An Exploratory Study into the Factors Impeding Ethical Consumption
This source preferred by Jeffery Bray
Authors: Bray, J.P.
Start date: 15 July 2009
ABSTRACT Evidence suggests that consumers are increasingly aware of, engaged with, and influenced by ethical factors when forming opinions on products and making purchase decisions. Despite this, a number of recent studies have highlighted significant differences between consumers’ intention to consume ethically, and their actual purchase behaviour. This paper contributes to an understanding of the factors contributing to this ‘Ethical Purchasing Gap’. A model of the impeding factors to ethical consumption is constructed based upon a review of existing literature, and the inductive analysis of focus group discussions. While exogenous variables such as Moral Maturity and Age are well covered in the literature, a further range of impeding factors have been identified as important. For some consumers, such is their purchasing inertia that the decision making process is devoid of any ethical considerations. For others, ethical views are displayed through post purchase dissonance and retrospective feelings such as guilt. Some consumers display a reluctance to consume ethically due to personal constraints, a perceived negative impact on image or quality or an outright negation of responsibility. For many, the desire to consume ethically is conveyed, yet their cynicism, together with an external locus of control, deters them because they question the impact they, as an individual, can achieve. It is important that future research examines each of the factors identified here to better understand consumers purchasing behaviour in this context.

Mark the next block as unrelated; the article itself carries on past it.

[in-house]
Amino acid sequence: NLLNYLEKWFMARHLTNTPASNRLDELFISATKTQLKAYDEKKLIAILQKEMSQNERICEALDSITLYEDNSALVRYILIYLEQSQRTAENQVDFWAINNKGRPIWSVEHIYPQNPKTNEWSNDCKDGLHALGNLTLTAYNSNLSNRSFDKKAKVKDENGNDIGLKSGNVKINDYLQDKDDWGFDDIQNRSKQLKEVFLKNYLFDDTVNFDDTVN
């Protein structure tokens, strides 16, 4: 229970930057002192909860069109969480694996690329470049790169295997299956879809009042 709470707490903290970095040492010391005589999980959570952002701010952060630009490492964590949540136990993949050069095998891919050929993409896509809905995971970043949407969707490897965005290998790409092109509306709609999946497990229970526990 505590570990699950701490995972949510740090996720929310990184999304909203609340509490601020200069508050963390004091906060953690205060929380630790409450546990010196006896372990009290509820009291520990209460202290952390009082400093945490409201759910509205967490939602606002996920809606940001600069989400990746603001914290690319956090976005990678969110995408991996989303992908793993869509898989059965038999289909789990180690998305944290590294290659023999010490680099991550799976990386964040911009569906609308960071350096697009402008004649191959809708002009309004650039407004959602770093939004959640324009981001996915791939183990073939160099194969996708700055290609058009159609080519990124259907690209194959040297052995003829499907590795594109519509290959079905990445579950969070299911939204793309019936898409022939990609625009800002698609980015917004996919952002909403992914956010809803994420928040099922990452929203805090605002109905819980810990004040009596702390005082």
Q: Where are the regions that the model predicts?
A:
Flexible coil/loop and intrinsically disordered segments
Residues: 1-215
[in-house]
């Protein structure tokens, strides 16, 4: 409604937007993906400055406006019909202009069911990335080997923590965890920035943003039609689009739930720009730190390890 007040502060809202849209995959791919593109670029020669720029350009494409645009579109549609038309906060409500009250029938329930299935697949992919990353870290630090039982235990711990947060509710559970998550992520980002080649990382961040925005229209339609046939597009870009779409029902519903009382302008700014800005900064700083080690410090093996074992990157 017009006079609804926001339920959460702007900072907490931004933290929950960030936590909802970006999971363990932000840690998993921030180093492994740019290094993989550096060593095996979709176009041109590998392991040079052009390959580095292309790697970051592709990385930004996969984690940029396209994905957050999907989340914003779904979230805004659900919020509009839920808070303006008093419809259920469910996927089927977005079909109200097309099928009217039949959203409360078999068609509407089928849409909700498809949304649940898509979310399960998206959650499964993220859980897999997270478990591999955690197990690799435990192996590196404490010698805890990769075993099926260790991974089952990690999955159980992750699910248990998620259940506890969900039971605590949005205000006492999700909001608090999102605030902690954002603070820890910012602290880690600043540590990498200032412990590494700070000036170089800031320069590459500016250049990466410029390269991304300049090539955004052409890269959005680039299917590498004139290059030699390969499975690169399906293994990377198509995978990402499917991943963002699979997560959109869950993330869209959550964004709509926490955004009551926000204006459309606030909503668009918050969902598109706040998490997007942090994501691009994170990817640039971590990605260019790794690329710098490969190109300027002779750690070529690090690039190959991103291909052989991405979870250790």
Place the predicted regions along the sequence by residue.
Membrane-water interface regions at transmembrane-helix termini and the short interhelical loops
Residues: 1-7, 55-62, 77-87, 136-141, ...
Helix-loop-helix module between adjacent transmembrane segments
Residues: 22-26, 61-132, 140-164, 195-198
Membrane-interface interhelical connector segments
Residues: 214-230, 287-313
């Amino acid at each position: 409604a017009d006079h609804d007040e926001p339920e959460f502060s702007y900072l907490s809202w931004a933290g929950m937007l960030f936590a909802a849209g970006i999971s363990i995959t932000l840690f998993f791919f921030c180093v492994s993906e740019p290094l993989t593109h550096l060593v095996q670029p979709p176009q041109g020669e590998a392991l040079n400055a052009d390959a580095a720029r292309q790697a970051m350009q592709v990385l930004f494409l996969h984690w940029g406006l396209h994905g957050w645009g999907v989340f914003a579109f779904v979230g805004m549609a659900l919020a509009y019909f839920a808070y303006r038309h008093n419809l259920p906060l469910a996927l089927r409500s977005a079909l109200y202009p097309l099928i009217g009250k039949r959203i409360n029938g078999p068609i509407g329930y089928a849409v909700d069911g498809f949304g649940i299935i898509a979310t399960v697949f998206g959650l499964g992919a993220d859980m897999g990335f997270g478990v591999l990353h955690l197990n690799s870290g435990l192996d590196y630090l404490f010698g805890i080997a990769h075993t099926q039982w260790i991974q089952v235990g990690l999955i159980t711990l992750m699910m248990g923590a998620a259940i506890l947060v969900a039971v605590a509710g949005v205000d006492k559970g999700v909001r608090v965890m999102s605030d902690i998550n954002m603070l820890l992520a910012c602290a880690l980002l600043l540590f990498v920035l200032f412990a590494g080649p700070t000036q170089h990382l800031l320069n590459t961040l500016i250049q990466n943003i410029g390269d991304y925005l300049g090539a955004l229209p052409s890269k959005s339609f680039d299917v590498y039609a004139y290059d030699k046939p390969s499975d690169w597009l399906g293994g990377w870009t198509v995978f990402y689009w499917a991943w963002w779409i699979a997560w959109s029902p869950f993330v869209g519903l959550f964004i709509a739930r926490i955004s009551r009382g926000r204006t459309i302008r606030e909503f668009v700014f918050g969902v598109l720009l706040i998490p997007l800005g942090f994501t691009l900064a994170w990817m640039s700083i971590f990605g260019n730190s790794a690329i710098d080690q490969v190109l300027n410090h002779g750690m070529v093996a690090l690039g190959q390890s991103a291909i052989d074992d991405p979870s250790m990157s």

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Authors: Bray, J., Johns, N. and Kilburn, D.
Journal: Journal of Business Ethics
Although consumers are increasingly engaged with ethical factors when forming opinions about products and making purchase decisions, recent studies have highlighted significant differences between consumers' intentions to consume ethically, and their actual purchase behaviour. This article contributes to an understanding of this 'Ethical Purchasing Gap' through a review of existing literature, and the inductive analysis of focus group discussions. A model is suggested which includes exogenous variables such as moral maturity and age which have been well covered in the literature, together with further impeding factors identified from the focus group discussions. For some consumers, inertia in purchasing behaviour was such that the decision-making process was devoid of ethical considerations. Several consumers manifested their ethical views through post-purchase dissonance and retrospective feelings of guilt. Others displayed a reluctance to consume ethically due to personal constraints, a perceived negative impact on image or quality, or an outright negation of responsibility. Those who expressed a desire to consume ethically often seemed deterred by cynicism, which caused them to question the impact they, as an individual, could achieve. These findings enhance the understanding of ethical consumption decisions and provide a platform for future research in this area. © 2010 Springer Science+Business Media B.V.